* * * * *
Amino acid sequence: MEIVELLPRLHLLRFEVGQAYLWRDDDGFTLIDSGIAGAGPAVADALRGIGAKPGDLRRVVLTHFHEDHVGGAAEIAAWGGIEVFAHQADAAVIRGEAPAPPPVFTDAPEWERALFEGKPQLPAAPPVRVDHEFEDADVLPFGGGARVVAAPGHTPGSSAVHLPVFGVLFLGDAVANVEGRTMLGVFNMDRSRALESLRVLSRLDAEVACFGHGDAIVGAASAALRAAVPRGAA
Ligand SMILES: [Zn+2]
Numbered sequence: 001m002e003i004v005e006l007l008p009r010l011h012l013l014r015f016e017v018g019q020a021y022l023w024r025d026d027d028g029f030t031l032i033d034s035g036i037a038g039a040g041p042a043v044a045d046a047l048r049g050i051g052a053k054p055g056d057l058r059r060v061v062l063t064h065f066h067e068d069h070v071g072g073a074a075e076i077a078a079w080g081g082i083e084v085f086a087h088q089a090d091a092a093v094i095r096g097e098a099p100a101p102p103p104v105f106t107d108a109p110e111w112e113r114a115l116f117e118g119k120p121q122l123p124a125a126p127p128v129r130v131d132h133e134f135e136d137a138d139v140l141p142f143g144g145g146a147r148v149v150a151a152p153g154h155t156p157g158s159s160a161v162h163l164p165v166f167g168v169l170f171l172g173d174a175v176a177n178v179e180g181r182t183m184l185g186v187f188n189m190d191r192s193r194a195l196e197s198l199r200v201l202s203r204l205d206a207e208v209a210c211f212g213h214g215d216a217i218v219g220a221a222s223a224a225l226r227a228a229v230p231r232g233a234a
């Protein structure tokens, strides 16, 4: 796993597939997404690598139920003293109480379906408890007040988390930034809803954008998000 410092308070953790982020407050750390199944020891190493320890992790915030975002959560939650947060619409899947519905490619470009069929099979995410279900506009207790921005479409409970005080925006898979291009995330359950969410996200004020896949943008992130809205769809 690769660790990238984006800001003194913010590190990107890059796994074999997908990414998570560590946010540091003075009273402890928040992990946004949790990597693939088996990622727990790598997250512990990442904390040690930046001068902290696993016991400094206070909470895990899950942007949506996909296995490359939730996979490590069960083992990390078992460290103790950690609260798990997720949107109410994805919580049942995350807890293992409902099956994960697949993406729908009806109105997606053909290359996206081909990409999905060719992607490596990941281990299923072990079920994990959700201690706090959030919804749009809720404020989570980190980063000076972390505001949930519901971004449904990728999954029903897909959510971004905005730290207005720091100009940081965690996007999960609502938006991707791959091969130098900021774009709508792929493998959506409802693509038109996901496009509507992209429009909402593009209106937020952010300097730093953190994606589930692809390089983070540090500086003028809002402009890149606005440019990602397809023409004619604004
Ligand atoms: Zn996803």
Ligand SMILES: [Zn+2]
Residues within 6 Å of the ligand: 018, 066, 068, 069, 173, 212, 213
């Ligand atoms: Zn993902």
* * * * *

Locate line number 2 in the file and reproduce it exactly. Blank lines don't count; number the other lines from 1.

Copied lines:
Ligand SMILES: [Zn+2]